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Peter in the Gospel of Mark

Peter in the Gospel of Mark

Introduction
Gospel
Jesus Christ
Christ
Oral and written tradition
Tradition
The Gospel of Matthew
Matthew
The Gospel of Mark
Mark
The Gospel of Luke
Luke
The Gospel of John
John
The meaning for today
Interpretation

From ‘Notes on the Formation of the Gospels’, by John Wijngaards;
published in Background to the Gospels (Bangalore & Ann Arbor 1981)
and Together in My Name (London 1991).

Tradition claims that Mark’s Gospel reflects the preaching of Peter. No doubt, the matter in the Gospel is almost identical with what was generally preached about Christ in the early Church by all the Apostles. Yet, it is undeniable that Peter plays a prominent role in Mark’s Gospel. It is almost as if the evangelist does want to present us with Jesus as he was experienced by Peter.

Peter’s first meeting with Jesus

The public life of Jesus begins with Peter’s call (Mark 1:16-18). The detailed description of Jesus’ first appearance in Capharnaum: the great impression he made in the synagogue when preaching (1:21-22) and when curing the possessed man (1:23-28); Jesus’s stay in Peter’s house (1:29-32); the miracle done that same evening (1:32-34); Jesus’ prayer outside the city and how he went to preach in other villages in spite of Peter’s objection: it all reflects the manner in which Peter must have recounted his first contact with the Master. We can well imagine how the old Apostle would speak about it with enthusiasm: “I still remember how he came once along the side of the lake... We were fishing... He called us... The next Sabbath he preached in our synagogue...” etc.

Of course, we should remember at the same time, that all these events, though reflecting Peter’s experience, are recounted by the evangelist in the rather fixed formulation of the oral traditions.

Peter’s witnessing some special events

In the list of the Apostles, Peter ranks first and Mark mentions that he received his new name ‘Peter’ directly from Jesus (Mark 3:16). The Apostles are sometimes called ’Simon and those with him’ (Mark 1:36). Peter was also chosen by Christ to be, with James, John (and Andrew), the witness of some special events:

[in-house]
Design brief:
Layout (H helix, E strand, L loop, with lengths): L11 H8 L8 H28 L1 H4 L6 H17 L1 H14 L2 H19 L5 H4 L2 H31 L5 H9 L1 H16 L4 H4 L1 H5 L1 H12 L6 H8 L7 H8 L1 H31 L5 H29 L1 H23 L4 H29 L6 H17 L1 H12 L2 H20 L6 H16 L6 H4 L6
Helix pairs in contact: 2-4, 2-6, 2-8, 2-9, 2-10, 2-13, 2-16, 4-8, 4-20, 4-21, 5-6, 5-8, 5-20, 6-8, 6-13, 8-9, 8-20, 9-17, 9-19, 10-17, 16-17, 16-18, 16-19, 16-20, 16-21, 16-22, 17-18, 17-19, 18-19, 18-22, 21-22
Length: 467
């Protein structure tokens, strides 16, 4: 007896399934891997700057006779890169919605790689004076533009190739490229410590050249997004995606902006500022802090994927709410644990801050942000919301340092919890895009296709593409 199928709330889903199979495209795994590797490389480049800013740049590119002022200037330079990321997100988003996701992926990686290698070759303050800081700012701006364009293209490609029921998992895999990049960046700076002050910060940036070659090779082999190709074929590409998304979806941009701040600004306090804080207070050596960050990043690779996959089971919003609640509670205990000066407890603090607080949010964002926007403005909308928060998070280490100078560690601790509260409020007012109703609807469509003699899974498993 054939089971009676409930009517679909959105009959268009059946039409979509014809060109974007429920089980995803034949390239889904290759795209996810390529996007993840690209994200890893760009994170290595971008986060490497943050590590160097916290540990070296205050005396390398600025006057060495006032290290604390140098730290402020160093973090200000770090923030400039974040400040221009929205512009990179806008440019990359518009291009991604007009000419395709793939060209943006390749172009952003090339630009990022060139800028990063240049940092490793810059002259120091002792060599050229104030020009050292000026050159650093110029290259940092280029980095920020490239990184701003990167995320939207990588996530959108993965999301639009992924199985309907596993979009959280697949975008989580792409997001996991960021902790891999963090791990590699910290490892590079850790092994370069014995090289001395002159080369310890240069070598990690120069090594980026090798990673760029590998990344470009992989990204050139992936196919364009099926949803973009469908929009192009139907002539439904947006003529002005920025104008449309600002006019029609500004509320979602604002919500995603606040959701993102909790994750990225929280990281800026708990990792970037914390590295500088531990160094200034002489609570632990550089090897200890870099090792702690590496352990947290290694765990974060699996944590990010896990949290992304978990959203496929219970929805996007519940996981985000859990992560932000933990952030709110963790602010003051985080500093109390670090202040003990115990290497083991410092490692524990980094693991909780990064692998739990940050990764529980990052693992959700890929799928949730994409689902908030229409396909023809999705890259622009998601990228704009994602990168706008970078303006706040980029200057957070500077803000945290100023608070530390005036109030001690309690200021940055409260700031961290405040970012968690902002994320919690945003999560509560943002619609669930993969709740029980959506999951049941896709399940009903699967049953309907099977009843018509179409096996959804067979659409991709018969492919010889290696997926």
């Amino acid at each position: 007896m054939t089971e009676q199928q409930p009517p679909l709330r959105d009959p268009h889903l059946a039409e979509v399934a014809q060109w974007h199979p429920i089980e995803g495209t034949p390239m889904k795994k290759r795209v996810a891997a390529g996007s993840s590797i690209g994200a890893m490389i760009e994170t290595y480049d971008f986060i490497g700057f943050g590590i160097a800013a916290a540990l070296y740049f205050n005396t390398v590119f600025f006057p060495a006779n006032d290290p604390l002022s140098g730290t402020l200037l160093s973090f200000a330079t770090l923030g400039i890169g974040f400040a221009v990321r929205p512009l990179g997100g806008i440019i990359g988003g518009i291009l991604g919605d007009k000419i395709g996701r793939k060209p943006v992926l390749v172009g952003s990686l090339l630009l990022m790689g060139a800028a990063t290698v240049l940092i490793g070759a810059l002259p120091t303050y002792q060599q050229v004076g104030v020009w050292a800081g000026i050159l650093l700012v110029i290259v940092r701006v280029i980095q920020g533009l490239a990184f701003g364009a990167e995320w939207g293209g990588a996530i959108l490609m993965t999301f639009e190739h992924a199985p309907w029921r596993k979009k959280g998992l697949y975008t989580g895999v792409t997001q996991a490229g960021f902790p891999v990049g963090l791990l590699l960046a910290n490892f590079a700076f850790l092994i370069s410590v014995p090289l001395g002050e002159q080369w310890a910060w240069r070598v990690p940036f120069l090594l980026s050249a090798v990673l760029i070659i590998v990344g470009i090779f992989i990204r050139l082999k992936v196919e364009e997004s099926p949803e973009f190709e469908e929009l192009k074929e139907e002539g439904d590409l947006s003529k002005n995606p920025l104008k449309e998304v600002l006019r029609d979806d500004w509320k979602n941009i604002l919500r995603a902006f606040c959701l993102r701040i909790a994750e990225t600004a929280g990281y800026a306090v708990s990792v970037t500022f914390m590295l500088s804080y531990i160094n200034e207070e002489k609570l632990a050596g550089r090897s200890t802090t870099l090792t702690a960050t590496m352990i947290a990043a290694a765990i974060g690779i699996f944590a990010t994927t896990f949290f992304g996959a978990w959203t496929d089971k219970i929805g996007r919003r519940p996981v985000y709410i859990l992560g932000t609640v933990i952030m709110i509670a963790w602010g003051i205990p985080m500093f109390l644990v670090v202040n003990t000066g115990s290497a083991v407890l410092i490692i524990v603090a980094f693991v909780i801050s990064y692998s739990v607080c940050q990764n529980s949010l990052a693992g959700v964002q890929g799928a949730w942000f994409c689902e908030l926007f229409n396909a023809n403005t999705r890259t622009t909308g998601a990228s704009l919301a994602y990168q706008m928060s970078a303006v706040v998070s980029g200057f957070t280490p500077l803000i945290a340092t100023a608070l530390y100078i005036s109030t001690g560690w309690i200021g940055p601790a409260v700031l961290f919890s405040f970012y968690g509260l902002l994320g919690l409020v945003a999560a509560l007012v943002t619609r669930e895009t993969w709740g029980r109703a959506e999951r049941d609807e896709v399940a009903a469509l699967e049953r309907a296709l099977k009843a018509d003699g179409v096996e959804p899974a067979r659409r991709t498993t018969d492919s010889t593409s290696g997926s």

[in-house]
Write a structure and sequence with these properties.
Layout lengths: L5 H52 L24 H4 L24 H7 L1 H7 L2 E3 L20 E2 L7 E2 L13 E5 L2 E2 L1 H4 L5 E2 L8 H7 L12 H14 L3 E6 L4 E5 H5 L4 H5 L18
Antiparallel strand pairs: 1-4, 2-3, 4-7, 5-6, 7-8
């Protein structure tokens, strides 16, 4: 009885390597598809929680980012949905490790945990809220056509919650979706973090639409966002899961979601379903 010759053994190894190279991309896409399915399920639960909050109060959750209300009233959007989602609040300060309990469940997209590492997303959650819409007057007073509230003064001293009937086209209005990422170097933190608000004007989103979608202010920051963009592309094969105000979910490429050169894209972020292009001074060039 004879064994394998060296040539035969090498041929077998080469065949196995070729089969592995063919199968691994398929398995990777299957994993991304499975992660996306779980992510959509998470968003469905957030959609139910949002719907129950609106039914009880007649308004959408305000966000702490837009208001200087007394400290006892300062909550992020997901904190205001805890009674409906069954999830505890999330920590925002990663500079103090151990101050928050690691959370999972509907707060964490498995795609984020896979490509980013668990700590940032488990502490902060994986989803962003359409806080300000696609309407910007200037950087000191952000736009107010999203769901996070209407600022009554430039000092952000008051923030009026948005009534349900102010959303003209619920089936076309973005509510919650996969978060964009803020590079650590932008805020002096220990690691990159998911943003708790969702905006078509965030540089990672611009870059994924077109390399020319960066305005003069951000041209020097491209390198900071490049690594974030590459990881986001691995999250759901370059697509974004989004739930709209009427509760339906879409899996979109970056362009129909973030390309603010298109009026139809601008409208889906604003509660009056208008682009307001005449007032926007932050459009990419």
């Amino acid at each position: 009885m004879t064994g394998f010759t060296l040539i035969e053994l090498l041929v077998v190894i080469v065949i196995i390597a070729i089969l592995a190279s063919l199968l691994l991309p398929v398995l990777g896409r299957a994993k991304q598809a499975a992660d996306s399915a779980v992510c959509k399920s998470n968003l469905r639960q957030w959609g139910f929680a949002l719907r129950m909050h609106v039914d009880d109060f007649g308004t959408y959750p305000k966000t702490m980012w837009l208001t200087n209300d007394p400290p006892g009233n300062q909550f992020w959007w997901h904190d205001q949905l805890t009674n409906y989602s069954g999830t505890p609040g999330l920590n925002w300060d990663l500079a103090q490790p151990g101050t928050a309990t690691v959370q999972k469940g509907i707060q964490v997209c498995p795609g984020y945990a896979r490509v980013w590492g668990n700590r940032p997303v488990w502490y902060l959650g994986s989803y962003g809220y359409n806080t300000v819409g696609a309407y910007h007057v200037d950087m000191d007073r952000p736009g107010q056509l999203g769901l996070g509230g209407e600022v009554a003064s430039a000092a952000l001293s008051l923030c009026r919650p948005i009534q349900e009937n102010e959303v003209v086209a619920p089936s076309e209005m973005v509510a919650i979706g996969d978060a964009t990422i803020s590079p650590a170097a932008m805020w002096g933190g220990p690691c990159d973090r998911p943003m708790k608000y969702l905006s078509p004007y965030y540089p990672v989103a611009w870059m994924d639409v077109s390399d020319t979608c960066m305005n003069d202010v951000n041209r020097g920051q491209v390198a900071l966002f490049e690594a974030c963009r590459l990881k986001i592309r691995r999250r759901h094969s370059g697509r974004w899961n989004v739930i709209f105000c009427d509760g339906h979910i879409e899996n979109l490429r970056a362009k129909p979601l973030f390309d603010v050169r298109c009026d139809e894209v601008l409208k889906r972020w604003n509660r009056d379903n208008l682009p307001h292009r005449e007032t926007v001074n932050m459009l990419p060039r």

• the raising of Jairus’daughter --- Mark 5:37;
  • the transfiguration --- Mark 9:2;
  • Jesus’ sermon on the future --- Mark 13:3;
  • Jesus’ agony in Gethsemani --- Mark 14:33-37.

Only the immediate eyewitnesses, of whom Peter was one, could be the ultimate source of the preaching on these events. These events were the common content of the Apostolic preaching, but would be specially lively in Peter’s own instruction.

Peter’s own words to Jesus

In quite a few Gospel passages we are told about particular statements made by Peter:

Peter professes, “You are the Messiah!” --- Mark 8:29

Peter speaks at the transfiguration saying: “Master, it is good to be here. Let us make three tents!” --- Mark 9:5

Peter says: “Look, we have left everything and followed you!” --- Mark 10:28

Peter says: “Look, teacher, the fig tree you cursed has died!” --- Mark 11:21

Peter says at the last Supper: “I will never leave you, even though all the others do!” --- Mark 14:29

Regarding the fig tree, it should be noticed that Matthew attributes the saying to the disciples in general (Matthew 21:20), whereas Mark attributes it specifically to Peter.

Peter’s admission of his faults

Traditionally, a trace of Peter’s own testimony in Mark’s Gospel is also seen in the fact that certain praiseworthy actions of Peter are omitted (such as the miracle of walking on the water (Matthew 14:28-31), and that Peter’s shortcomings are stressed. Mark relates how Jesus rebuked Peter (Mark 8:32-33) and gives many details about Peters’ denial of Jesus (Mark 14:66-72). It seems more natural that Peter himself would authenticate such failings.

From all these indications we can see how Peter’s testimony may have influenced and shaped Mark’s presentation of Jesus. We may consider Mark’s Gospel as the introduction to Jesus Christ, given by an eyewitness (Peter), through the typical formulation of oral tradition.

John Wijngaards

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Wijngaards Institute for Catholic ResearchThis website is maintained by the Wijngaards Institute for Catholic Research.

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